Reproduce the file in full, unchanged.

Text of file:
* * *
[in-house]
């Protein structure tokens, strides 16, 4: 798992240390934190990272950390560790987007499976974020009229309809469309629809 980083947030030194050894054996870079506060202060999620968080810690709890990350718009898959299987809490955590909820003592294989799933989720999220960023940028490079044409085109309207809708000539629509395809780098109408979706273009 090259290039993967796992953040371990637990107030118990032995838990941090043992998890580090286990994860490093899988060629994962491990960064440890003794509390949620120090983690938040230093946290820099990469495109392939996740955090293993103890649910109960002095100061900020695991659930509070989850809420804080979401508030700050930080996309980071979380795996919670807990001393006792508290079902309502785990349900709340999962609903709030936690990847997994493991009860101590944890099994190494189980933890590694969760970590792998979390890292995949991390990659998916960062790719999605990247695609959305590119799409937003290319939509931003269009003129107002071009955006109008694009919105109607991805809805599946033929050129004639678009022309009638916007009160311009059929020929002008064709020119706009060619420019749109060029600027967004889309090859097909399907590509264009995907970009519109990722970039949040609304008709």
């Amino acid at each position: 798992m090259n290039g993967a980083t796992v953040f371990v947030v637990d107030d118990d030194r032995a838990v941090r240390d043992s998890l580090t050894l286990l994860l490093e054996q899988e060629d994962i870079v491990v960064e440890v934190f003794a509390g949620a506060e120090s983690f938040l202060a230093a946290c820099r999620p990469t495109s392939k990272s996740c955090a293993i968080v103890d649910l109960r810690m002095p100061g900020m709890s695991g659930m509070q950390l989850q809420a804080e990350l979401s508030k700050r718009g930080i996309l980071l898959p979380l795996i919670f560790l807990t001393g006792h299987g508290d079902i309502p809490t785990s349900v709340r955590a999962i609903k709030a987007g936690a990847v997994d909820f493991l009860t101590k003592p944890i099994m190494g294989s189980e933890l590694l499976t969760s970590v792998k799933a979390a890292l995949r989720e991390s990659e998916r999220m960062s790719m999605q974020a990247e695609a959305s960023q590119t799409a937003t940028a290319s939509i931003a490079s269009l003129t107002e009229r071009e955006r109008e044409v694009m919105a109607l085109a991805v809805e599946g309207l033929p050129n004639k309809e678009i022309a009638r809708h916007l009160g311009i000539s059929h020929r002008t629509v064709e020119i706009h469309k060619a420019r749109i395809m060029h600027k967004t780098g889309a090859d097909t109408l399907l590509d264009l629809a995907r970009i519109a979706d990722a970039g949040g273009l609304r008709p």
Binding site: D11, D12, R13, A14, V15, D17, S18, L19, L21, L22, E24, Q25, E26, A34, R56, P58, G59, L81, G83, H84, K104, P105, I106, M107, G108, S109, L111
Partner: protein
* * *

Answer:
[in-house]
């Protein structure tokens, strides 16, 4: 798992240390934190990272950390560790987007499976974020009229309809469309629809 980083947030030194050894054996870079506060202060999620968080810690709890990350718009898959299987809490955590909820003592294989799933989720999220960023940028490079044409085109309207809708000539629509395809780098109408979706273009 090259290039993967796992953040371990637990107030118990032995838990941090043992998890580090286990994860490093899988060629994962491990960064440890003794509390949620120090983690938040230093946290820099990469495109392939996740955090293993103890649910109960002095100061900020695991659930509070989850809420804080979401508030700050930080996309980071979380795996919670807990001393006792508290079902309502785990349900709340999962609903709030936690990847997994493991009860101590944890099994190494189980933890590694969760970590792998979390890292995949991390990659998916960062790719999605990247695609959305590119799409937003290319939509931003269009003129107002071009955006109008694009919105109607991805809805599946033929050129004639678009022309009638916007009160311009059929020929002008064709020119706009060619420019749109060029600027967004889309090859097909399907590509264009995907970009519109990722970039949040609304008709």
């Amino acid at each position: 798992m090259n290039g993967a980083t796992v953040f371990v947030v637990d107030d118990d030194r032995a838990v941090r240390d043992s998890l580090t050894l286990l994860l490093e054996q899988e060629d994962i870079v491990v960064e440890v934190f003794a509390g949620a506060e120090s983690f938040l202060a230093a946290c820099r999620p990469t495109s392939k990272s996740c955090a293993i968080v103890d649910l109960r810690m002095p100061g900020m709890s695991g659930m509070q950390l989850q809420a804080e990350l979401s508030k700050r718009g930080i996309l980071l898959p979380l795996i919670f560790l807990t001393g006792h299987g508290d079902i309502p809490t785990s349900v709340r955590a999962i609903k709030a987007g936690a990847v997994d909820f493991l009860t101590k003592p944890i099994m190494g294989s189980e933890l590694l499976t969760s970590v792998k799933a979390a890292l995949r989720e991390s990659e998916r999220m960062s790719m999605q974020a990247e695609a959305s960023q590119t799409a937003t940028a290319s939509i931003a490079s269009l003129t107002e009229r071009e955006r109008e044409v694009m919105a109607l085109a991805v809805e599946g309207l033929p050129n004639k309809e678009i022309a009638r809708h916007l009160g311009i000539s059929h020929r002008t629509v064709e020119i706009h469309k060619a420019r749109i395809m060029h600027k967004t780098g889309a090859d097909t109408l399907l590509d264009l629809a995907r970009i519109a979706d990722a970039g949040g273009l609304r008709p």
Binding site: D11, D12, R13, A14, V15, D17, S18, L19, L21, L22, E24, Q25, E26, A34, R56, P58, G59, L81, G83, H84, K104, P105, I106, M107, G108, S109, L111
Partner: protein